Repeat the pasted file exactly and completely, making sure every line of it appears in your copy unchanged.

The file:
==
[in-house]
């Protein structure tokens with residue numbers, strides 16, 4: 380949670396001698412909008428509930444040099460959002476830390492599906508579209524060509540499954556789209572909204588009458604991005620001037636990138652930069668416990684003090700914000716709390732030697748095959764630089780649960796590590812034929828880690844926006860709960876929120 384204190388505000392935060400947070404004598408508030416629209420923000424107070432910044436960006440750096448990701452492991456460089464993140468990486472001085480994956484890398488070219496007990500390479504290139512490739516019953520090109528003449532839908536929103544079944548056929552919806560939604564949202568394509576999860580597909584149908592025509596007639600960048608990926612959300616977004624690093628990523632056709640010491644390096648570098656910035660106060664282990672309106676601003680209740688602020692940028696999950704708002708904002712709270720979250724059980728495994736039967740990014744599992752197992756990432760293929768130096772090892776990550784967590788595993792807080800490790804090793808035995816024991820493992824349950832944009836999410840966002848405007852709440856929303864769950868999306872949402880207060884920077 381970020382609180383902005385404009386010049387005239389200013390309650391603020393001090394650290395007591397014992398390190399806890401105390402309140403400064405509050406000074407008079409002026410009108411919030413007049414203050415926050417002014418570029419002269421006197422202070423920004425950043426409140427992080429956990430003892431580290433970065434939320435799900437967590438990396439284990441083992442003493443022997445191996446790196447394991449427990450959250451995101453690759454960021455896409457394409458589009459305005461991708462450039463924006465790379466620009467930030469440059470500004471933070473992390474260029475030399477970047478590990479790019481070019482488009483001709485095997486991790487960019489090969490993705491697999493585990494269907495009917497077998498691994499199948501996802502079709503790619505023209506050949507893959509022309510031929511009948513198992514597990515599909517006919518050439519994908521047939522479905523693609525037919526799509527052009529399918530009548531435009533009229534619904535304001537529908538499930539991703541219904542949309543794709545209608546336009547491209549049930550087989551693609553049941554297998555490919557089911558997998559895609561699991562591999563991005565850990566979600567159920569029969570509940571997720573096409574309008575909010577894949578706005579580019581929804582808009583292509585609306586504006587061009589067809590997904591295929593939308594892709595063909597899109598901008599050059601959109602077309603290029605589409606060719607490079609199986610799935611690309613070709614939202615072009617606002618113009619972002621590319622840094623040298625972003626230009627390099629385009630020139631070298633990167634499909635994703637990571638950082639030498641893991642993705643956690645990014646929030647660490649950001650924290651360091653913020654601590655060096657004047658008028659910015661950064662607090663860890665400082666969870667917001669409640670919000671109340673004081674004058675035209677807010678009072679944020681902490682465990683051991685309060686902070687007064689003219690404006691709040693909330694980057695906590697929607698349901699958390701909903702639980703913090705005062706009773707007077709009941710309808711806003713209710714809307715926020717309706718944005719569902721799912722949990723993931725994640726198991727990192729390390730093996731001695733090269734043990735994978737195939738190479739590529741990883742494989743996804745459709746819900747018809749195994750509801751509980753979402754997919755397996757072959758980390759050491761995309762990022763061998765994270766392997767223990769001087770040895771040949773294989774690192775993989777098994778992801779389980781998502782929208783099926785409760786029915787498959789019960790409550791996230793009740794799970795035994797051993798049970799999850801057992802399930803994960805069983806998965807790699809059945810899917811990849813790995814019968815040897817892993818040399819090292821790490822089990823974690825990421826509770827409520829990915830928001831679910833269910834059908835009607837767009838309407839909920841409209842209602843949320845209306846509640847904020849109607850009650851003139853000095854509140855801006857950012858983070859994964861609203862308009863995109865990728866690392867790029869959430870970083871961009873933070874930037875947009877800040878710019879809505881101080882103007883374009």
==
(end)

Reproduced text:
[in-house]
């Protein structure tokens with residue numbers, strides 16, 4: 380949670396001698412909008428509930444040099460959002476830390492599906508579209524060509540499954556789209572909204588009458604991005620001037636990138652930069668416990684003090700914000716709390732030697748095959764630089780649960796590590812034929828880690844926006860709960876929120 384204190388505000392935060400947070404004598408508030416629209420923000424107070432910044436960006440750096448990701452492991456460089464993140468990486472001085480994956484890398488070219496007990500390479504290139512490739516019953520090109528003449532839908536929103544079944548056929552919806560939604564949202568394509576999860580597909584149908592025509596007639600960048608990926612959300616977004624690093628990523632056709640010491644390096648570098656910035660106060664282990672309106676601003680209740688602020692940028696999950704708002708904002712709270720979250724059980728495994736039967740990014744599992752197992756990432760293929768130096772090892776990550784967590788595993792807080800490790804090793808035995816024991820493992824349950832944009836999410840966002848405007852709440856929303864769950868999306872949402880207060884920077 381970020382609180383902005385404009386010049387005239389200013390309650391603020393001090394650290395007591397014992398390190399806890401105390402309140403400064405509050406000074407008079409002026410009108411919030413007049414203050415926050417002014418570029419002269421006197422202070423920004425950043426409140427992080429956990430003892431580290433970065434939320435799900437967590438990396439284990441083992442003493443022997445191996446790196447394991449427990450959250451995101453690759454960021455896409457394409458589009459305005461991708462450039463924006465790379466620009467930030469440059470500004471933070473992390474260029475030399477970047478590990479790019481070019482488009483001709485095997486991790487960019489090969490993705491697999493585990494269907495009917497077998498691994499199948501996802502079709503790619505023209506050949507893959509022309510031929511009948513198992514597990515599909517006919518050439519994908521047939522479905523693609525037919526799509527052009529399918530009548531435009533009229534619904535304001537529908538499930539991703541219904542949309543794709545209608546336009547491209549049930550087989551693609553049941554297998555490919557089911558997998559895609561699991562591999563991005565850990566979600567159920569029969570509940571997720573096409574309008575909010577894949578706005579580019581929804582808009583292509585609306586504006587061009589067809590997904591295929593939308594892709595063909597899109598901008599050059601959109602077309603290029605589409606060719607490079609199986610799935611690309613070709614939202615072009617606002618113009619972002621590319622840094623040298625972003626230009627390099629385009630020139631070298633990167634499909635994703637990571638950082639030498641893991642993705643956690645990014646929030647660490649950001650924290651360091653913020654601590655060096657004047658008028659910015661950064662607090663860890665400082666969870667917001669409640670919000671109340673004081674004058675035209677807010678009072679944020681902490682465990683051991685309060686902070687007064689003219690404006691709040693909330694980057695906590697929607698349901699958390701909903702639980703913090705005062706009773707007077709009941710309808711806003713209710714809307715926020717309706718944005719569902721799912722949990723993931725994640726198991727990192729390390730093996731001695733090269734043990735994978737195939738190479739590529741990883742494989743996804745459709746819900747018809749195994750509801751509980753979402754997919755397996757072959758980390759050491761995309762990022763061998765994270766392997767223990769001087770040895771040949773294989774690192775993989777098994778992801779389980781998502782929208783099926785409760786029915787498959789019960790409550791996230793009740794799970795035994797051993798049970799999850801057992802399930803994960805069983806998965807790699809059945810899917811990849813790995814019968815040897817892993818040399819090292821790490822089990823974690825990421826509770827409520829990915830928001831679910833269910834059908835009607837767009838309407839909920841409209842209602843949320845209306846509640847904020849109607850009650851003139853000095854509140855801006857950012858983070859994964861609203862308009863995109865990728866690392867790029869959430870970083871961009873933070874930037875947009877800040878710019879809505881101080882103007883374009």